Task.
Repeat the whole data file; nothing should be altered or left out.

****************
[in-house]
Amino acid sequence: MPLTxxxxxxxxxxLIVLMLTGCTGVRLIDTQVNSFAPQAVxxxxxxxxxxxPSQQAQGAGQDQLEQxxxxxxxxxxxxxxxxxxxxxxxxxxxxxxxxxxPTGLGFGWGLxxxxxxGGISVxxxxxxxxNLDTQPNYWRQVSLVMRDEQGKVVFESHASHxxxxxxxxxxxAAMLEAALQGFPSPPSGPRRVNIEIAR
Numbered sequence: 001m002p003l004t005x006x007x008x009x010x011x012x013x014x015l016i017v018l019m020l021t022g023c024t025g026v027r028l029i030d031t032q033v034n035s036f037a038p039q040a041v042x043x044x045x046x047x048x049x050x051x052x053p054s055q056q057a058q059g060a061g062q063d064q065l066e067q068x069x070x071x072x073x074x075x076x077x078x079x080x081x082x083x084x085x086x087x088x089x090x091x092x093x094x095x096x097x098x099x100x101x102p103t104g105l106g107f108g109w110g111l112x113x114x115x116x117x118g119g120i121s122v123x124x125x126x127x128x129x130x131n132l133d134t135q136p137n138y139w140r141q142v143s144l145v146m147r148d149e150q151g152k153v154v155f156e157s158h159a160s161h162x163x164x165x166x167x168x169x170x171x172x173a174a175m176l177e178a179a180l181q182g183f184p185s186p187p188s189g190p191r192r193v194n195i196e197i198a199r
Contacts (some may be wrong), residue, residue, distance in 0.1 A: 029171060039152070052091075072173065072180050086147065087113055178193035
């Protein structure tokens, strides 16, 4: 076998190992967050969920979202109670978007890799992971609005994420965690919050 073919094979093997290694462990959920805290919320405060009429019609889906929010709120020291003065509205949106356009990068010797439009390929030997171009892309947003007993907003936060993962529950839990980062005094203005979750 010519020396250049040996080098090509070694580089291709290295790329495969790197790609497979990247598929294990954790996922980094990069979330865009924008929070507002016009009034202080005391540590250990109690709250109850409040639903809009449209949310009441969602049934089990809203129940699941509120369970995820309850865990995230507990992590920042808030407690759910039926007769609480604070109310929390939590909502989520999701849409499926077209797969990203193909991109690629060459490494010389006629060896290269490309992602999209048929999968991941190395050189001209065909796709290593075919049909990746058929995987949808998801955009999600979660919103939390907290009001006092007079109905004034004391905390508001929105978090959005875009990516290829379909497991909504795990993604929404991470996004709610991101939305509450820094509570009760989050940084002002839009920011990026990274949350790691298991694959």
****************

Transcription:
[in-house]
Amino acid sequence: MPLTxxxxxxxxxxLIVLMLTGCTGVRLIDTQVNSFAPQAVxxxxxxxxxxxPSQQAQGAGQDQLEQxxxxxxxxxxxxxxxxxxxxxxxxxxxxxxxxxxPTGLGFGWGLxxxxxxGGISVxxxxxxxxNLDTQPNYWRQVSLVMRDEQGKVVFESHASHxxxxxxxxxxxAAMLEAALQGFPSPPSGPRRVNIEIAR
Numbered sequence: 001m002p003l004t005x006x007x008x009x010x011x012x013x014x015l016i017v018l019m020l021t022g023c024t025g026v027r028l029i030d031t032q033v034n035s036f037a038p039q040a041v042x043x044x045x046x047x048x049x050x051x052x053p054s055q056q057a058q059g060a061g062q063d064q065l066e067q068x069x070x071x072x073x074x075x076x077x078x079x080x081x082x083x084x085x086x087x088x089x090x091x092x093x094x095x096x097x098x099x100x101x102p103t104g105l106g107f108g109w110g111l112x113x114x115x116x117x118g119g120i121s122v123x124x125x126x127x128x129x130x131n132l133d134t135q136p137n138y139w140r141q142v143s144l145v146m147r148d149e150q151g152k153v154v155f156e157s158h159a160s161h162x163x164x165x166x167x168x169x170x171x172x173a174a175m176l177e178a179a180l181q182g183f184p185s186p187p188s189g190p191r192r193v194n195i196e197i198a199r
Contacts (some may be wrong), residue, residue, distance in 0.1 A: 029171060039152070052091075072173065072180050086147065087113055178193035
């Protein structure tokens, strides 16, 4: 076998190992967050969920979202109670978007890799992971609005994420965690919050 073919094979093997290694462990959920805290919320405060009429019609889906929010709120020291003065509205949106356009990068010797439009390929030997171009892309947003007993907003936060993962529950839990980062005094203005979750 010519020396250049040996080098090509070694580089291709290295790329495969790197790609497979990247598929294990954790996922980094990069979330865009924008929070507002016009009034202080005391540590250990109690709250109850409040639903809009449209949310009441969602049934089990809203129940699941509120369970995820309850865990995230507990992590920042808030407690759910039926007769609480604070109310929390939590909502989520999701849409499926077209797969990203193909991109690629060459490494010389006629060896290269490309992602999209048929999968991941190395050189001209065909796709290593075919049909990746058929995987949808998801955009999600979660919103939390907290009001006092007079109905004034004391905390508001929105978090959005875009990516290829379909497991909504795990993604929404991470996004709610991101939305509450820094509570009760989050940084002002839009920011990026990274949350790691298991694959």